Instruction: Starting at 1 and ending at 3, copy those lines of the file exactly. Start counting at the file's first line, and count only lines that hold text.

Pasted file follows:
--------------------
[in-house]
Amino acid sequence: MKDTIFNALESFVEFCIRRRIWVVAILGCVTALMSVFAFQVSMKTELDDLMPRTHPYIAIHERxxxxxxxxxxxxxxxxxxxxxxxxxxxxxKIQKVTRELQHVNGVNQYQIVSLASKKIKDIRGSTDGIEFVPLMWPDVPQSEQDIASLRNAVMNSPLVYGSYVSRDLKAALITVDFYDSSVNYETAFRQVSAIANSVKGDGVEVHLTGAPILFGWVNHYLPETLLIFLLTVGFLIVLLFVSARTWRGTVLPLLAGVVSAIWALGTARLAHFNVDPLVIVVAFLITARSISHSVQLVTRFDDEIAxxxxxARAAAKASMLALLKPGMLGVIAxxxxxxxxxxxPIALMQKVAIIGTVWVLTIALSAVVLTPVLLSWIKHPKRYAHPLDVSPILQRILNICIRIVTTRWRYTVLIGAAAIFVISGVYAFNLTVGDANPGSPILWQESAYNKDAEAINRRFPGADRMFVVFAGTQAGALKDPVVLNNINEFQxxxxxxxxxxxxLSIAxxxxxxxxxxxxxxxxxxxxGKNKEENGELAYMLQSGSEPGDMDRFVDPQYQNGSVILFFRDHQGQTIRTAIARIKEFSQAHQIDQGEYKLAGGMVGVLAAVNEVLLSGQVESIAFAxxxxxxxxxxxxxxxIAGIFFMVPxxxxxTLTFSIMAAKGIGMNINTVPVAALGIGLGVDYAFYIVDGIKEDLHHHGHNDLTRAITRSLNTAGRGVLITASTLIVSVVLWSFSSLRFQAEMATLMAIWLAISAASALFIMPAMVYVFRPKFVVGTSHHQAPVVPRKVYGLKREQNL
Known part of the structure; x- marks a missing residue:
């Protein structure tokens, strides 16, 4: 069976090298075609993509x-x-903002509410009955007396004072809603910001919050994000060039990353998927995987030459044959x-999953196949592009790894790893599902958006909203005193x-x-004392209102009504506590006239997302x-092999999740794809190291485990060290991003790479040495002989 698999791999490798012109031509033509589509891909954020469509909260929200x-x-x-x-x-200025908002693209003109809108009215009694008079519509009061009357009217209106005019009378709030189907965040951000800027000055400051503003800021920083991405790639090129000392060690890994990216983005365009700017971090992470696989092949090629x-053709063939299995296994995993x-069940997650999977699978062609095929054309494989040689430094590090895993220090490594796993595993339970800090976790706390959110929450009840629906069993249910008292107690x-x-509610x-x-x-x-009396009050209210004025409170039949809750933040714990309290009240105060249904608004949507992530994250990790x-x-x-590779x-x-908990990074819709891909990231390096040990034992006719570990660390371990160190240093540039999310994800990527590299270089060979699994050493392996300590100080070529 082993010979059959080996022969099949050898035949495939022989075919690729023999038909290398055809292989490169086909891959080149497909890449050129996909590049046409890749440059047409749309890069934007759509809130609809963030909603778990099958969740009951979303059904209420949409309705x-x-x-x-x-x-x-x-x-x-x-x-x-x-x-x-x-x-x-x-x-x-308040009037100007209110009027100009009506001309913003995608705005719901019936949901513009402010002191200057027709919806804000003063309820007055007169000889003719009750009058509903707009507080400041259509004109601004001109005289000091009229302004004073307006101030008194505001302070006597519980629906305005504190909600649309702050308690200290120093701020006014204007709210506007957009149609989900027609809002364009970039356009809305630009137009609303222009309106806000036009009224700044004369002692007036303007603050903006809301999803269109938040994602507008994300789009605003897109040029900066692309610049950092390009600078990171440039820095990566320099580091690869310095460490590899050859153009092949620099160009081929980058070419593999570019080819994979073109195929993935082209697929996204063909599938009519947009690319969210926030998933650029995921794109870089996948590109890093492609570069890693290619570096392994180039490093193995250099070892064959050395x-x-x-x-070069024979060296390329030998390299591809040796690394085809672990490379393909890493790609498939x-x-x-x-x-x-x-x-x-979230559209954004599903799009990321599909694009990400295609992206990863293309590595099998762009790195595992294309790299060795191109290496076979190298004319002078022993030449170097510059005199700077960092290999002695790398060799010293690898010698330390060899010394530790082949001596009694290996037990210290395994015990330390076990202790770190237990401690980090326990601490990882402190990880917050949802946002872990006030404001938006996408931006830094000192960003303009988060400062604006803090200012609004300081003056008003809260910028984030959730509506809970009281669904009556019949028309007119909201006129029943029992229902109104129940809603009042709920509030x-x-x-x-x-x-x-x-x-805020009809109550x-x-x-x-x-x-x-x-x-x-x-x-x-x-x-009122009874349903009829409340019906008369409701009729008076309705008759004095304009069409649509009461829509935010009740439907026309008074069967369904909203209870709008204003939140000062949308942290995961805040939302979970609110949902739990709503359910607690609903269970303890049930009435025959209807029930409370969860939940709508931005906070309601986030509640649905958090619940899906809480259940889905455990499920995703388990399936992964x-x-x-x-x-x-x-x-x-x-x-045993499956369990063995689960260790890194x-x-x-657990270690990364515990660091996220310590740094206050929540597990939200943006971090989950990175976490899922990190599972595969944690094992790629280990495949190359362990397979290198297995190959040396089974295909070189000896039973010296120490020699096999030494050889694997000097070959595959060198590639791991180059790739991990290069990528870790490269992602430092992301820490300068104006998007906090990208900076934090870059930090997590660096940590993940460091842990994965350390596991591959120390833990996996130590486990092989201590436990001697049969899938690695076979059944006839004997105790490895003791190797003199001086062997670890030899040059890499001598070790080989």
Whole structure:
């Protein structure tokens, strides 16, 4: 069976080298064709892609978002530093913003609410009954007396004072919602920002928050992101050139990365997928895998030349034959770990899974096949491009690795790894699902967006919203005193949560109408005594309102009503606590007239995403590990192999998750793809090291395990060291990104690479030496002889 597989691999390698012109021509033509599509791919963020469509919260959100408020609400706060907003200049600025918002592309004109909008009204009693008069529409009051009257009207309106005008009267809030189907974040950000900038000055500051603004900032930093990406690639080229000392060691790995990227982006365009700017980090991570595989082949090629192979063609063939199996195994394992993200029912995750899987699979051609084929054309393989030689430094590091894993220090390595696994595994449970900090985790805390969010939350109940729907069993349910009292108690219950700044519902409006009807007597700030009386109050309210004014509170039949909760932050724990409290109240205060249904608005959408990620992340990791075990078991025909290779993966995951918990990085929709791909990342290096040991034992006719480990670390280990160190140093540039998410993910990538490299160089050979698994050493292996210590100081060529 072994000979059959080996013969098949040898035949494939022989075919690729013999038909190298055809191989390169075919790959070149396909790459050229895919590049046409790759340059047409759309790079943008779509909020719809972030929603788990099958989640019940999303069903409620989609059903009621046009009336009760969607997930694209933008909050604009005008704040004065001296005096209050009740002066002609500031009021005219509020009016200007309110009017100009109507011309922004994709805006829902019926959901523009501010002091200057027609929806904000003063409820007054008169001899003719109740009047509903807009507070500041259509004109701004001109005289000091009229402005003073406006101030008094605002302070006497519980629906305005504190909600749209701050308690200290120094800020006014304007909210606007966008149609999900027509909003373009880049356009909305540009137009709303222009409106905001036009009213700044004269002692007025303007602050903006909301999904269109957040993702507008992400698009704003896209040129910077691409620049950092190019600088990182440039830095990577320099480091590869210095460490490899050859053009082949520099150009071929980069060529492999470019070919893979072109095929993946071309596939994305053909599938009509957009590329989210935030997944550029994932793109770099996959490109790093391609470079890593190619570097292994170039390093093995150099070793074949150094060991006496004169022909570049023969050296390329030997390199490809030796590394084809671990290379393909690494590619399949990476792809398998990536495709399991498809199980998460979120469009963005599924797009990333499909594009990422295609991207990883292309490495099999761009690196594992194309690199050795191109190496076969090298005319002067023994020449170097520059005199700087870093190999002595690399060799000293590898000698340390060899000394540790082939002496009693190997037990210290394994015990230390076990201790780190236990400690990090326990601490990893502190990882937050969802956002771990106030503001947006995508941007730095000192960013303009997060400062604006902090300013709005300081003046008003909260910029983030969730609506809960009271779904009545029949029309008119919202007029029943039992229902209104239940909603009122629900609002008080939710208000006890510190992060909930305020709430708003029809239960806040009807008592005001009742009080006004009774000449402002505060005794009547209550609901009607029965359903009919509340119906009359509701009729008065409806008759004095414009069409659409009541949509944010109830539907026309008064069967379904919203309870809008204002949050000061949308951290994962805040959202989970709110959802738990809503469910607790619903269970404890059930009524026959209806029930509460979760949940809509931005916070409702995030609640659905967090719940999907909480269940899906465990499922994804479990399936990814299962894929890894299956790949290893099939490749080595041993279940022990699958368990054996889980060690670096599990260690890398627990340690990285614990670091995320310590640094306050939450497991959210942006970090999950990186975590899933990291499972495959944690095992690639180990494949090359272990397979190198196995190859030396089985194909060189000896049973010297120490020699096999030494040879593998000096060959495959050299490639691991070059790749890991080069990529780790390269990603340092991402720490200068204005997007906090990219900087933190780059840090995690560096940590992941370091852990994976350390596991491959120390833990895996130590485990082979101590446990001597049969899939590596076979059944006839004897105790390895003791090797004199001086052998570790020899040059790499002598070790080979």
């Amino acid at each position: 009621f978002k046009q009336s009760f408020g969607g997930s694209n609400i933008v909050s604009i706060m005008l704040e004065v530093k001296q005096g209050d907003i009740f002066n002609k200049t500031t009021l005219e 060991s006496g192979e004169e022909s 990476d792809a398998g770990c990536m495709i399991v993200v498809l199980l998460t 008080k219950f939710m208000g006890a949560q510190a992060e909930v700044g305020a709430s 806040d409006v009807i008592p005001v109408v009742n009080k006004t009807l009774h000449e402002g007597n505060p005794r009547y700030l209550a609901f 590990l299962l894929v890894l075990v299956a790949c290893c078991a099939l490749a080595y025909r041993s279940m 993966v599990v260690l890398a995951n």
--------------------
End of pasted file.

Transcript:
[in-house]
Amino acid sequence: MKDTIFNALESFVEFCIRRRIWVVAILGCVTALMSVFAFQVSMKTELDDLMPRTHPYIAIHERxxxxxxxxxxxxxxxxxxxxxxxxxxxxxKIQKVTRELQHVNGVNQYQIVSLASKKIKDIRGSTDGIEFVPLMWPDVPQSEQDIASLRNAVMNSPLVYGSYVSRDLKAALITVDFYDSSVNYETAFRQVSAIANSVKGDGVEVHLTGAPILFGWVNHYLPETLLIFLLTVGFLIVLLFVSARTWRGTVLPLLAGVVSAIWALGTARLAHFNVDPLVIVVAFLITARSISHSVQLVTRFDDEIAxxxxxARAAAKASMLALLKPGMLGVIAxxxxxxxxxxxPIALMQKVAIIGTVWVLTIALSAVVLTPVLLSWIKHPKRYAHPLDVSPILQRILNICIRIVTTRWRYTVLIGAAAIFVISGVYAFNLTVGDANPGSPILWQESAYNKDAEAINRRFPGADRMFVVFAGTQAGALKDPVVLNNINEFQxxxxxxxxxxxxLSIAxxxxxxxxxxxxxxxxxxxxGKNKEENGELAYMLQSGSEPGDMDRFVDPQYQNGSVILFFRDHQGQTIRTAIARIKEFSQAHQIDQGEYKLAGGMVGVLAAVNEVLLSGQVESIAFAxxxxxxxxxxxxxxxIAGIFFMVPxxxxxTLTFSIMAAKGIGMNINTVPVAALGIGLGVDYAFYIVDGIKEDLHHHGHNDLTRAITRSLNTAGRGVLITASTLIVSVVLWSFSSLRFQAEMATLMAIWLAISAASALFIMPAMVYVFRPKFVVGTSHHQAPVVPRKVYGLKREQNL
Known part of the structure; x- marks a missing residue: